CHATHAM – Summer residents will hold their 71st annual summer town meeting next Tuesday, Aug. 8. It may be the longest-running event of its kind on the Cape, and is evidence of the healthy relationship between year round and summer residents.
That's also shown by the fact that Chatham has one of the region's only official, town meeting-approved advisory committees composed entirely of summer residents.
“It's unusual,” said Michael Waters, chairman of the town's summer residents advisory committee. “I think it's an excellent idea, and gives summer residents a degree of input, gives them a voice.”
The summer town meeting isn't an official town meeting, at which voters set budgets, approve bylaws and generally conduct town business. Rather, as it has been for decades, it is an opportunity for seasonal residents to get up to speed on issues facing the town and ask questions, air concerns or give kudos to town officials.
Everyone – summer and year-round residents – are invited to the meeting, which takes place at 7 p.m. at the annex on George Ryder Road, Waters stressed. The session will be moderated by William Litchfield, the official town moderator who runs regular town meetings. The advisory committee, which meets almost every Friday morning during the summer, has developed an agenda including topics that are typically of concern to seasonal folks, he said.
The session will begin with a “State of the Town” discussion led by Chairman of Selectmen Cory Metters and Town Manager Jill Goldsmith. Jamie Meehan, who heads the group's finance subcommittee, will deliver “Chatham's Financial Scorecard.” Coastal Resources Director Ted Keon will provide an update on dredging, with information on boating local waters also thrown into the mix.
“It keeps changing,” Waters said of waterways conditions around Chatham. “People really want to know about that.”
There will also be plenty of time for questions, he said. Many town department heads and staff members attend the summer town meeting and will be available to address the issues and concerns of seasonal residents.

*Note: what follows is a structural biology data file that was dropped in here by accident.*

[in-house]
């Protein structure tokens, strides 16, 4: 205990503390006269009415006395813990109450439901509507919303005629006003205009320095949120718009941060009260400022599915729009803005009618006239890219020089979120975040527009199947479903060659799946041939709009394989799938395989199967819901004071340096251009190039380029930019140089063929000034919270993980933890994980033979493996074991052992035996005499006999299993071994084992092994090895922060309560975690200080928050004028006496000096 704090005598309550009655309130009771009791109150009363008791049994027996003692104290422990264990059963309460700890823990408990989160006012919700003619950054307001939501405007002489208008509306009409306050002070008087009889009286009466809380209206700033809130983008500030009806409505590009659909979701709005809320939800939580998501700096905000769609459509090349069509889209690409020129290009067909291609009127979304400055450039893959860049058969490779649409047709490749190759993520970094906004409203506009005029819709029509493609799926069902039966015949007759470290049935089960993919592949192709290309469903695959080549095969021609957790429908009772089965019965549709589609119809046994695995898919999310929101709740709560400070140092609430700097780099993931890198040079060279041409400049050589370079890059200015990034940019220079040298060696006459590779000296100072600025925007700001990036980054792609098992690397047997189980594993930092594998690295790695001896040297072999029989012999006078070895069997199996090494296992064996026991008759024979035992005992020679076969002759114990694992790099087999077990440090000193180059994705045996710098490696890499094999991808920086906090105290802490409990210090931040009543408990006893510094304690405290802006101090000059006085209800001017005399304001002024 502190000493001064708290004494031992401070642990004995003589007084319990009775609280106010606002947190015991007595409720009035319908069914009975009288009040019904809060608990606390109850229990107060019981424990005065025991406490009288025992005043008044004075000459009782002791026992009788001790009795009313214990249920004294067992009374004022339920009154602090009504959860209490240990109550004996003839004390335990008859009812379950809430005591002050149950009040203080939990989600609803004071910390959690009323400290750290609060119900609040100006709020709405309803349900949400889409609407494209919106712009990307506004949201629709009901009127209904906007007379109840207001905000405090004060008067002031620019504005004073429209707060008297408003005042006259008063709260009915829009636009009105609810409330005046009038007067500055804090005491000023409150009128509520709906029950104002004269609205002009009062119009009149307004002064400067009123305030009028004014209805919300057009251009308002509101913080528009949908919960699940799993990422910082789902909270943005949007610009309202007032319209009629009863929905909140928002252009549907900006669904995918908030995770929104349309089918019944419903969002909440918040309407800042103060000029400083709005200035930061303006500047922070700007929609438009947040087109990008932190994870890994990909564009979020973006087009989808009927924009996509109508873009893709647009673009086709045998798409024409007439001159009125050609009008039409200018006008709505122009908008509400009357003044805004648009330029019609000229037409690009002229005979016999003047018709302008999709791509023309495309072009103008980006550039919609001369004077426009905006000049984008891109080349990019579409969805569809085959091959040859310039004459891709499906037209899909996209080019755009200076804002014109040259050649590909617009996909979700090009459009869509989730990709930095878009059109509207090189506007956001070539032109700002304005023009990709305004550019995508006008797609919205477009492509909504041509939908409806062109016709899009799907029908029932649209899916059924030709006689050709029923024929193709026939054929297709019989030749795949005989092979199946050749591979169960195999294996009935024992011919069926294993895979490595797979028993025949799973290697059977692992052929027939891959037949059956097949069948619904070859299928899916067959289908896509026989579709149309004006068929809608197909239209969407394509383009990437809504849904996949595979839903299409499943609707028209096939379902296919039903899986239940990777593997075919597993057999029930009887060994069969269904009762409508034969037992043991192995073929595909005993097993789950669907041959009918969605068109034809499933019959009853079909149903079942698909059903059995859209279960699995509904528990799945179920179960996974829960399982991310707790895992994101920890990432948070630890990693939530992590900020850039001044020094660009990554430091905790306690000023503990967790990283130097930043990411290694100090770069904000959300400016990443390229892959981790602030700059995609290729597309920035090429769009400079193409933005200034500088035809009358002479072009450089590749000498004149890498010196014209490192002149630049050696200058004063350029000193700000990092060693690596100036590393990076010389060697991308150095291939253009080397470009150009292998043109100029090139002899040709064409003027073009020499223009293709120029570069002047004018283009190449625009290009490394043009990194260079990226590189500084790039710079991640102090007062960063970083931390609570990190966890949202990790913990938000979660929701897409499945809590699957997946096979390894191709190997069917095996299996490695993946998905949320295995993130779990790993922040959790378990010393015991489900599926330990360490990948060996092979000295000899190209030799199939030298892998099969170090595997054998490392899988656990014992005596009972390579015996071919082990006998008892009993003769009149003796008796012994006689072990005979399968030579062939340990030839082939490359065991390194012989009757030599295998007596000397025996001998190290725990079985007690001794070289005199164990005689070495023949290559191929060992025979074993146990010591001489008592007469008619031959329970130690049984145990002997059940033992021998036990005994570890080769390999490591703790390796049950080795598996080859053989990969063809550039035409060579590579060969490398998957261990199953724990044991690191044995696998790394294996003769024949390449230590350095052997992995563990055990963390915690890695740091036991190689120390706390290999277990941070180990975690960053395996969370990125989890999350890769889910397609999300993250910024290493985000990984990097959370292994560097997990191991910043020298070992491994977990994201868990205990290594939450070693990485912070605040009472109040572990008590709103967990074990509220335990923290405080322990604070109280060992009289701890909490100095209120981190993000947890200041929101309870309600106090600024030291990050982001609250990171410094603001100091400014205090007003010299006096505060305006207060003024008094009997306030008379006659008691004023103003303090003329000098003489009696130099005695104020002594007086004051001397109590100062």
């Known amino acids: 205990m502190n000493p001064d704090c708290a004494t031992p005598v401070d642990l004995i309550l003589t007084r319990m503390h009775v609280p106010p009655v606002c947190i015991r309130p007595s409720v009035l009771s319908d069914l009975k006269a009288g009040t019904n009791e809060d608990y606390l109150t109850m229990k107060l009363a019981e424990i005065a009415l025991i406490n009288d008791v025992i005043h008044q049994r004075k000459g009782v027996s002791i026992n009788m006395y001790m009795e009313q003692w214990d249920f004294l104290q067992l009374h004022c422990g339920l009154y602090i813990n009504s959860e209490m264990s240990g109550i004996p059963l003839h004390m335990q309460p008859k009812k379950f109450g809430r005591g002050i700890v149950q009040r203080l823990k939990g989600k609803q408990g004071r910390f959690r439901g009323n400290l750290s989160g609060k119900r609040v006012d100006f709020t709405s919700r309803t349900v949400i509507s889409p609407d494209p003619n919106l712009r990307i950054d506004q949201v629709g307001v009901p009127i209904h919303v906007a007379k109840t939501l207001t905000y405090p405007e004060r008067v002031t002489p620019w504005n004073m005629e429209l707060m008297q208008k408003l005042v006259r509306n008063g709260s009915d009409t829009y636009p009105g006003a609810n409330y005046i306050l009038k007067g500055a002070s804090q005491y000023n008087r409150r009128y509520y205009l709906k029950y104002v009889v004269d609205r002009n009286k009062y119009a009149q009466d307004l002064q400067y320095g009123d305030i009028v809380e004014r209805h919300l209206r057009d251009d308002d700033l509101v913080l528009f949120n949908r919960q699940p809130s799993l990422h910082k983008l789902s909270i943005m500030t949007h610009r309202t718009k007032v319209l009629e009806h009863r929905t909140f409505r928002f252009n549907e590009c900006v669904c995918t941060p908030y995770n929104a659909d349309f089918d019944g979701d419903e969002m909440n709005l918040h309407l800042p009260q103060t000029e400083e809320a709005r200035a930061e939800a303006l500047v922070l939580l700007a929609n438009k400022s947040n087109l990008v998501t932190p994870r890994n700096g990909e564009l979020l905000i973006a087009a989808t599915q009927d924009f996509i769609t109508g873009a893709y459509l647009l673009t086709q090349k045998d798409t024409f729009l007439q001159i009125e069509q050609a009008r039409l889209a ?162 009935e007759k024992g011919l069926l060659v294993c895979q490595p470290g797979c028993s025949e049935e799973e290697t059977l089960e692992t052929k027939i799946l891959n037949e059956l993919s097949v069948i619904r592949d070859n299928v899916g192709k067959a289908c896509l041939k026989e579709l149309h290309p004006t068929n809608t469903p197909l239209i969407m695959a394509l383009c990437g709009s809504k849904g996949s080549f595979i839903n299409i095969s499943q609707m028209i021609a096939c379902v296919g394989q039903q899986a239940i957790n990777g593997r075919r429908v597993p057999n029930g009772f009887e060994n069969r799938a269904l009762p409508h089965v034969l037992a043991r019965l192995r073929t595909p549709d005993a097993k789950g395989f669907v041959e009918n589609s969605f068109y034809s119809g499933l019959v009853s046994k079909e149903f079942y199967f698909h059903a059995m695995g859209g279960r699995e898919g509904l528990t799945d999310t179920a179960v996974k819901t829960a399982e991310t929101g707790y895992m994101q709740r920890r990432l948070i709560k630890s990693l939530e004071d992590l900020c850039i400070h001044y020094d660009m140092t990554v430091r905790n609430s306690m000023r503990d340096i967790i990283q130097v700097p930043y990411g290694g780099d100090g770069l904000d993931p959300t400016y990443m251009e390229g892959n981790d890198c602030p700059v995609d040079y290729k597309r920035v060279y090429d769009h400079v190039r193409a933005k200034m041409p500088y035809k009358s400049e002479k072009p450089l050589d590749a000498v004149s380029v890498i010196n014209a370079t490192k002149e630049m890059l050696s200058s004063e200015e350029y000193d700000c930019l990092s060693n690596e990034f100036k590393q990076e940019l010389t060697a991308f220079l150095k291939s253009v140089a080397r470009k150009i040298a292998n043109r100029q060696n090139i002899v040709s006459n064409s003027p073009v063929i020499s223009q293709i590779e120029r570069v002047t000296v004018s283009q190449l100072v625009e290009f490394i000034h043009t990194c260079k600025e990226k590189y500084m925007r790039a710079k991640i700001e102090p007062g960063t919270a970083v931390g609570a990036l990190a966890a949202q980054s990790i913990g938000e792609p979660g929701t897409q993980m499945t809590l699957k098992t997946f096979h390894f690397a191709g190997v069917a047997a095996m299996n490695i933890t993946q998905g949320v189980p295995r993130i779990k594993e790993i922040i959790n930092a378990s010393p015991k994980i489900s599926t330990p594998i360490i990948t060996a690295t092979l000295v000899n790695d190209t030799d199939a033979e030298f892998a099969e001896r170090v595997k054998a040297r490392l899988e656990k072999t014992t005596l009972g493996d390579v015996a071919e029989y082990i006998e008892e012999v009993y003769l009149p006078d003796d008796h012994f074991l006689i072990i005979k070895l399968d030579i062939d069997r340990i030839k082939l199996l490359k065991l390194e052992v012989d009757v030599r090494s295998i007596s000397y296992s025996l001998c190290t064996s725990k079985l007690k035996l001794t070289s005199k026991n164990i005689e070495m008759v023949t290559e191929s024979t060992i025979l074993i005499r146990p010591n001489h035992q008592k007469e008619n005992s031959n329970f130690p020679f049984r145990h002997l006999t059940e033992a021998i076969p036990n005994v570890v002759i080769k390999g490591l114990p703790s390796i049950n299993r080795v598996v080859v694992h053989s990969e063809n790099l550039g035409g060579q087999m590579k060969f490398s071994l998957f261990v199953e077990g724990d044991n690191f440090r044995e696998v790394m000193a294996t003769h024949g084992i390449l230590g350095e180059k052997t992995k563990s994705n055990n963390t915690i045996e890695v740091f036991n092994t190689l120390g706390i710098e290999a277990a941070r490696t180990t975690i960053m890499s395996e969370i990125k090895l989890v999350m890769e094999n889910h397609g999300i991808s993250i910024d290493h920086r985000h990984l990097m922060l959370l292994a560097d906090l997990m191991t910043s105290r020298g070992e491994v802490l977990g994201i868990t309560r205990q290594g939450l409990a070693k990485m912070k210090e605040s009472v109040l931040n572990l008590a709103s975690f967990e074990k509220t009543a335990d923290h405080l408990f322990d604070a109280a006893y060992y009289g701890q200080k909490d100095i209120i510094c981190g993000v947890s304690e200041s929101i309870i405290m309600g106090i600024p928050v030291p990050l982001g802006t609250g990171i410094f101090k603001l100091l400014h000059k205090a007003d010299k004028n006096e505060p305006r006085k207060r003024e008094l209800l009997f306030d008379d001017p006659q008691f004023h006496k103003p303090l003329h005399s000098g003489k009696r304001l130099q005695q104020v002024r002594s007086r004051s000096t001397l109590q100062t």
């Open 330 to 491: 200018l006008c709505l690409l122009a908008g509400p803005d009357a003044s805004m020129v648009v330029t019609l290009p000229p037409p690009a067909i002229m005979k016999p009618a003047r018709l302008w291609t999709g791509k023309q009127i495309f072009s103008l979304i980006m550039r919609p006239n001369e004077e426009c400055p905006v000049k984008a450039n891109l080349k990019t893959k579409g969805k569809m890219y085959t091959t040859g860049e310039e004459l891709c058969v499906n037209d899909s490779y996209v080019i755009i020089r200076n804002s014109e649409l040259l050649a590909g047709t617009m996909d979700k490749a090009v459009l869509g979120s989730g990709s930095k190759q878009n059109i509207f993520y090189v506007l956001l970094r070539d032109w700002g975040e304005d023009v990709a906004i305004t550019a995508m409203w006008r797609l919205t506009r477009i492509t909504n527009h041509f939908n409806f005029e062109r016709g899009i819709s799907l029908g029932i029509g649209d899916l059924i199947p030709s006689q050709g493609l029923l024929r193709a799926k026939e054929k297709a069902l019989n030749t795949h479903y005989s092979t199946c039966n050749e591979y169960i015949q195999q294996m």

Each June the 11-member the summer residents advisory committee gets together to map out issues they wish to explore in their weekly meetings. They looked at the finance committee's annual report, taking note of that group's concerns, and expect to issue their own recommendations by the close of the summer, said Waters. In the past month they've met with Dr. Robert Duncanson, director of natural resources, and Tom Temple, director of public works, to talk about the town's drinking water resources, wastewater and the volunteer restrictions on water usage. They also met with Chief of Police Mark Pawlina to talk about parking and traffic issues, with Harbormaster Stuart Smith to discuss waterways and marine infrastructure, and David Oppenheim on downtown business and parking issues.
Future topics include Keon discussing dredging and waterways issues on Aug. 4; Principal Projects Manager Terry Whalen on future plans for a new council on aging headquarters on Aug. 18; and development issues with Planning Board Chairman Peter Cocolis and Community Development Director Katie Donovan on Aug. 25.
“There's often a fairly vigorous back and forth” at these sessions, Waters said.
The meetings are held at the annex each Friday at 9 a.m. Both summer and year-round residents are encouraged to attend, Waters said; the sessions are also recorded and can be viewed on demand through the town's website.
The committee also maintains a page on the town's website with links to past reports. That's where they'll post the recommendations they'll issue at the end of the season as well.
The committee gets “tremendous cooperation” from town staff and Goldsmith, said Waters. “I think the summer residents in general benefit from management that's open to discussion,” he said.
Summer residents care a great deal about Chatham, said Waters, a year-round resident of New York City whose had a home here for about 20 years.
“I think they add something and are very well integrated into the fabric of the community,” he said. “And it's good that they have a voice.”